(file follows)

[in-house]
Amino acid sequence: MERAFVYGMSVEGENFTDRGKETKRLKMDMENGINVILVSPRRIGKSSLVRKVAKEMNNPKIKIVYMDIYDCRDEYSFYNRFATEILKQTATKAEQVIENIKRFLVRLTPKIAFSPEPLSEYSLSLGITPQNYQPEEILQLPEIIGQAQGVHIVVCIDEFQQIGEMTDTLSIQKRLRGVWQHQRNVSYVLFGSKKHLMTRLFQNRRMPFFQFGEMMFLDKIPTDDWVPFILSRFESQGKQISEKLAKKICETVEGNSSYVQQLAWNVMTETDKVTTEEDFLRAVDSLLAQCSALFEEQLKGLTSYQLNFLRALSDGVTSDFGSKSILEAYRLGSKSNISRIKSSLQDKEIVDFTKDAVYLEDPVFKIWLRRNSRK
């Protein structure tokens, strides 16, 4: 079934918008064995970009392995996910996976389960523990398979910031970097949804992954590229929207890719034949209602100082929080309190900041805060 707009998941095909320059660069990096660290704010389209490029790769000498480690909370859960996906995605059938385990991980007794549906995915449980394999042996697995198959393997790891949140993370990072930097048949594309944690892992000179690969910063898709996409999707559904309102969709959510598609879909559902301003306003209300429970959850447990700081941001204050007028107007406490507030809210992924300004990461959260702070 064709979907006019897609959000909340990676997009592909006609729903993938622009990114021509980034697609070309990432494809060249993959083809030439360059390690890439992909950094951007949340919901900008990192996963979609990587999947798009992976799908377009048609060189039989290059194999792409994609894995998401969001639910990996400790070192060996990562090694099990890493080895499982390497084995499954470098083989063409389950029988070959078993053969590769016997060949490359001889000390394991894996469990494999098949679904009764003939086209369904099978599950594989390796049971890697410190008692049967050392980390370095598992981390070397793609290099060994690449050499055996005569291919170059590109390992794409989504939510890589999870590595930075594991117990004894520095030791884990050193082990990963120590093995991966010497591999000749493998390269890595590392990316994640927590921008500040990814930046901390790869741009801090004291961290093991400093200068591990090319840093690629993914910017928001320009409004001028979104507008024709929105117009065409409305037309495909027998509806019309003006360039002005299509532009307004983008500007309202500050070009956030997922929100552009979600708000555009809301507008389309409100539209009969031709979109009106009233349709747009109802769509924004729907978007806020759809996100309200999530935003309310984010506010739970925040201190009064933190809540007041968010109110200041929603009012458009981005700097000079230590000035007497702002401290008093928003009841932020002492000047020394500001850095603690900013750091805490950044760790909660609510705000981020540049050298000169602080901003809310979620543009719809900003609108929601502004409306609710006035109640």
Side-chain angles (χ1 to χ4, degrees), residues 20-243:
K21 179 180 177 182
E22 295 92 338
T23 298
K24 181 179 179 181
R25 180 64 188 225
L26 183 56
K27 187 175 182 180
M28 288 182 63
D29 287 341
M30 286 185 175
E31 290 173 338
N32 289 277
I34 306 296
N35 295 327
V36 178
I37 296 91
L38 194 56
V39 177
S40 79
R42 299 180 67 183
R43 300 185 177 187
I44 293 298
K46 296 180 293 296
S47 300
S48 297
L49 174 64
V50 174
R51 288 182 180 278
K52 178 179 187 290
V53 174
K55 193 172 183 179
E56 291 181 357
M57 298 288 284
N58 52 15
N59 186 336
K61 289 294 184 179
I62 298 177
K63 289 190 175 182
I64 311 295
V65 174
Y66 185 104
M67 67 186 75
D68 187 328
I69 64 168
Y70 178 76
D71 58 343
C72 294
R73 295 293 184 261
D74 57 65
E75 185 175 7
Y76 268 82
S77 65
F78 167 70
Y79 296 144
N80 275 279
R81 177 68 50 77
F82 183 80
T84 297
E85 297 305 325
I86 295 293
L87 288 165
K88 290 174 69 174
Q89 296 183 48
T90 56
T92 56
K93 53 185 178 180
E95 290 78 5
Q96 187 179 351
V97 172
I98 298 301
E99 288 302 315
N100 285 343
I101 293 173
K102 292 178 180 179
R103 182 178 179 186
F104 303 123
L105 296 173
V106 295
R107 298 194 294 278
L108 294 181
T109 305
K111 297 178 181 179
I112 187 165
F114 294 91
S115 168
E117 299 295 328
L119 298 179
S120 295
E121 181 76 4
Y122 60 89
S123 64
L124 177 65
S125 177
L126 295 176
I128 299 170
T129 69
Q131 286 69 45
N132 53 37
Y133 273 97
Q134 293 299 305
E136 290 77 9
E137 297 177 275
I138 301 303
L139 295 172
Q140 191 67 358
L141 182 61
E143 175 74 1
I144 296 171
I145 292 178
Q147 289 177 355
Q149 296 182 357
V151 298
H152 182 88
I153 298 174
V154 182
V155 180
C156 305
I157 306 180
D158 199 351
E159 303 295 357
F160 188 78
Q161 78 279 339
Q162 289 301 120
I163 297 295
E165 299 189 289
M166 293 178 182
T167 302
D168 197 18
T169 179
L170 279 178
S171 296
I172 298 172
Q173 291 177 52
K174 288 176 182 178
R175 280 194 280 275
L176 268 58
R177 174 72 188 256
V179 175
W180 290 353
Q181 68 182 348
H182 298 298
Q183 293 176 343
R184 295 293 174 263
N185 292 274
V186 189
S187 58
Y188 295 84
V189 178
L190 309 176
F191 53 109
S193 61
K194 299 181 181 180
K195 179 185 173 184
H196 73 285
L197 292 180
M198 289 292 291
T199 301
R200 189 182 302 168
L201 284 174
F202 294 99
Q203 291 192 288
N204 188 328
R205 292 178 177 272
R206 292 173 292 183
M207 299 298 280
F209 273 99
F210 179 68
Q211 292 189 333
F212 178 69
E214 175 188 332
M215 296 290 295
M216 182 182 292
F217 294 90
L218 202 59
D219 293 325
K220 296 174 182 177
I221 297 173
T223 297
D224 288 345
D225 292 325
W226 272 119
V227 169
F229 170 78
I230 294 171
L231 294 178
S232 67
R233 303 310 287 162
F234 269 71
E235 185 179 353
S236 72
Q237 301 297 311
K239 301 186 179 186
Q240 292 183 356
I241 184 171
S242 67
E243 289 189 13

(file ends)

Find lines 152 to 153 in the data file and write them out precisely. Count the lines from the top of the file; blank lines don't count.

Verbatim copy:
V189 178
L190 309 176